I find myself thinking again about the buzziest of buzzwords: engagement and collaboration. Just what do they mean? Engagement is about people’s connections to technology, and collaboration builds connections (and ideas) among people.
You know what engagement really is? It’s speed.
Hear me out. The goal of engagement and collaboration is to (ahem) get stuff done. Getting stuff done is not new. We have been checking off to-do lists for millennia. What’s different these days is the need for speed. Engagement is about getting things done faster.
Social collaboration has been trendy for several years now. Plenty of tech companies sell new solutions and services, some have proliferated and some have been run into the ground, or been bought by bigger companies or just flat gone off our radar. In spite of all these tools and solutions, many organizations are still not doing it right or at all. Just last year, the majority of IT decision-makers (87 percent), business leaders (67 percent) and end users (68 percent) reported using enterprise social networking technologies, but most lack true enterprise collaboration capabilities, according to an Avanade report.
What’s the problem? What’s missing?
There’s no shortage of tools, and people are certainly aware of social processes (after all, social media is a consumer-driven initiative). What’s missing is the commensurate shift in enterprise IT approach. Social is not just a new technology, it’s a new way of engaging with each other as well as our systems.
The old way: We had systems. The systems held the information. A handful of people used these systems. These few people controlled the gates to the information. They had processes, and limited updates and the user interface changed once every nine years. Somewhere in there we had mobile phones the size of shoe boxes and Y2K. Documents were posted to a network. People took turns touching them. We had oodles of face to face meetings, and you know what? Projects — no matter what the enterprise was in business to do, whether it’s making widgets or ideas — projects took a long time.
Technology accelerated things. Remember the heyday of Moore’s Law? Things sped up fast. In the past 10 years, who do we have to thank for our biggest innovations? Consumers. (Again, this is old news.) Some businesses like Intel and Microsoft focused too clearly on Moore’s law and guess what? Apple swamped them with a new way of doing things — but I digress.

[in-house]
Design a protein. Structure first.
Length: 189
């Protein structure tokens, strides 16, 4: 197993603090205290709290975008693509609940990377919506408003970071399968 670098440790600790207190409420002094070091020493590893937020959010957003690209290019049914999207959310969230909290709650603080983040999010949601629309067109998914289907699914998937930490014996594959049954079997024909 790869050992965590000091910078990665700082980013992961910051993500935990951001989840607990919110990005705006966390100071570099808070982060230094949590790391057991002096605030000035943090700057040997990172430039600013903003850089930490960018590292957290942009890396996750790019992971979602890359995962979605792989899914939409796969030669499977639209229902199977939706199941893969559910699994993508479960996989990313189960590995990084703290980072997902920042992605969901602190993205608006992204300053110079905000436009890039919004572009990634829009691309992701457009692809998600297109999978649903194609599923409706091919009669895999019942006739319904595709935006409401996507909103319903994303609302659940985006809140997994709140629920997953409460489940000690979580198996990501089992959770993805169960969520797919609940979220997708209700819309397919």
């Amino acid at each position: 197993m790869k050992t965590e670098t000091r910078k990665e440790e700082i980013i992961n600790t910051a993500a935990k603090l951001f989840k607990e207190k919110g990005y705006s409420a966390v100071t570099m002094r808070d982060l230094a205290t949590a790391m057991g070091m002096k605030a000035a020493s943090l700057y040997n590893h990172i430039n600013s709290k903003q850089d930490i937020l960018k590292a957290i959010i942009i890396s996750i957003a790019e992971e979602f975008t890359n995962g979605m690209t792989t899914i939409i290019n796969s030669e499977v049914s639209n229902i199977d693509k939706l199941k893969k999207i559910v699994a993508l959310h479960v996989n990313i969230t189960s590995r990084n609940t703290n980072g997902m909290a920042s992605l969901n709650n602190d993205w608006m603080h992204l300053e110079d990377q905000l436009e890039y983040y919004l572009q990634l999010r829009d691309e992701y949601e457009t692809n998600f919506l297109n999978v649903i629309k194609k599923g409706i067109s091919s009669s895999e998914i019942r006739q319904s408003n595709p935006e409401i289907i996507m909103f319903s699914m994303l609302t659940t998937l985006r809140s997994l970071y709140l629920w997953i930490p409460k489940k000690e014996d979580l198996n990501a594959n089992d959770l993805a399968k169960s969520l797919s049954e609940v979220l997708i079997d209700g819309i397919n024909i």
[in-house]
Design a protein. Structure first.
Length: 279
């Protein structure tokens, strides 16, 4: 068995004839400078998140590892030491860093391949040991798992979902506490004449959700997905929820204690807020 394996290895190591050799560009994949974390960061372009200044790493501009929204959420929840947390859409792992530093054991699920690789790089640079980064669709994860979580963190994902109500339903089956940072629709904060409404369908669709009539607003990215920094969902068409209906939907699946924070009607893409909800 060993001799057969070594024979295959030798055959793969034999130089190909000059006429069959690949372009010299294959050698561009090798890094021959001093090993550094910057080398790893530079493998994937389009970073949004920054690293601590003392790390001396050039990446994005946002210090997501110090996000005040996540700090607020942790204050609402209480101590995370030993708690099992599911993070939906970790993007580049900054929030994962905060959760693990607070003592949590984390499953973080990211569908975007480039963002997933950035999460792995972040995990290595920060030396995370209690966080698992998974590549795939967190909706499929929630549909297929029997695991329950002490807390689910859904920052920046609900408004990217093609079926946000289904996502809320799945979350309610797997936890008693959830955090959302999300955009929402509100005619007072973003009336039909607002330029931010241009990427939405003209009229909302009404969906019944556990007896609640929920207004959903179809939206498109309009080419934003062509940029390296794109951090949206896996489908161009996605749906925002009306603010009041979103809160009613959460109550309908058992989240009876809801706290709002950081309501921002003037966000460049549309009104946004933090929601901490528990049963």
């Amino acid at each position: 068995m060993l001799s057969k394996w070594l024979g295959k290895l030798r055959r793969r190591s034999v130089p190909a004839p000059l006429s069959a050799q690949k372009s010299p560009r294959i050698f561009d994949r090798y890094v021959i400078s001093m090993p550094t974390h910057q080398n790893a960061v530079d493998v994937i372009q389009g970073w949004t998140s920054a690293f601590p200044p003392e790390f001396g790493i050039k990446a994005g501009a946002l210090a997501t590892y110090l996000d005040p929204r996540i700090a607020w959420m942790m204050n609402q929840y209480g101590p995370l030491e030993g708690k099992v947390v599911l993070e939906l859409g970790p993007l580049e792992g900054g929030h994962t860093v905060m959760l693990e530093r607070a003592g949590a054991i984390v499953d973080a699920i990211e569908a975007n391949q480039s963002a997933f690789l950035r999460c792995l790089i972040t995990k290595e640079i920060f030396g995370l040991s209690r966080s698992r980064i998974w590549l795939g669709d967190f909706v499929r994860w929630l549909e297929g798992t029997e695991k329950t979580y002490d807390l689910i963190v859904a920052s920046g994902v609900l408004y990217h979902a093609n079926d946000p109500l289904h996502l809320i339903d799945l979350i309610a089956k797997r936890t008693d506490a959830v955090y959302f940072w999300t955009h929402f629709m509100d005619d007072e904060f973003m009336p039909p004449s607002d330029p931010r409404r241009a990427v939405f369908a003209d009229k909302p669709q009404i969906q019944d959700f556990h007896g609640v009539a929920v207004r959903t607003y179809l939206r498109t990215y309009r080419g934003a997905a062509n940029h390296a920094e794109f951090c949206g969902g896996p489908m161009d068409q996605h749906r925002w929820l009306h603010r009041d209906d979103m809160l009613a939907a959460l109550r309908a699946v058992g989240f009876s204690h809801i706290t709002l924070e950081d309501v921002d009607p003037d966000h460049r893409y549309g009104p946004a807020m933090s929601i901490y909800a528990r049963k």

Skimp on the Next Generation of Systems, Miss Out on the Next Generation of Workers
Enterprises, as we all know, are not consumers. What’s different about enterprises is that their systems require much more customization and money. CIOs can’t just run out to the store and buy the latest enterprise equivalent of an iPhone, the way many of us consumers did in 2007. Flash forward: we had the Great Recession. Now enterprises are reluctant to make an investment in the next generation of systems and still rely on a quirky company like Blackberry!
Through their reluctance to build out their systems of engagement, many enterprises are alienating their future and even current employees. Big mistake.
Knowledge workers spend 38 percent of their time searching for information, according to a 2005 report in Leadership Excellence. Take a moment to think about what efficiencies you can create when you make it easy for them to search and access information. Take a moment to think about how far behind your organization will be if you don’t start making information more readily accessible, and collaboration more integrated into that information.
As AIIM put it in a report a couple of years ago, “Among all the texting and Twittering and Facebooking of a generation of digital natives, the fundamentals of next-generation communication and collaboration are being worked out.”
Your next generation of workers want and need to work on the next generation of systems. These are the Systems of Engagement (to use AIIM’s phrase) that overlay your Big Old Stodgy Systems of Yore, which continue to be essential to the operations of your enterprise. These Big Old Stodgy Systems are not easy or efficient. The next generation of workers require Systems of Engagement — ways that let them easily and intuitively connect and use the information contained in their systems of record.
It’s not a handful of quirky eggheads who need to use your systems. It’s everyone. They need to collaborate and communicate and not have to leap over hurdles to do so. Collaboration means being able to work across times and geographies, synchronously and asynchronously. Collaboration and engagement — these yield speed, that all important driver of success in today’s competitive marketplace.
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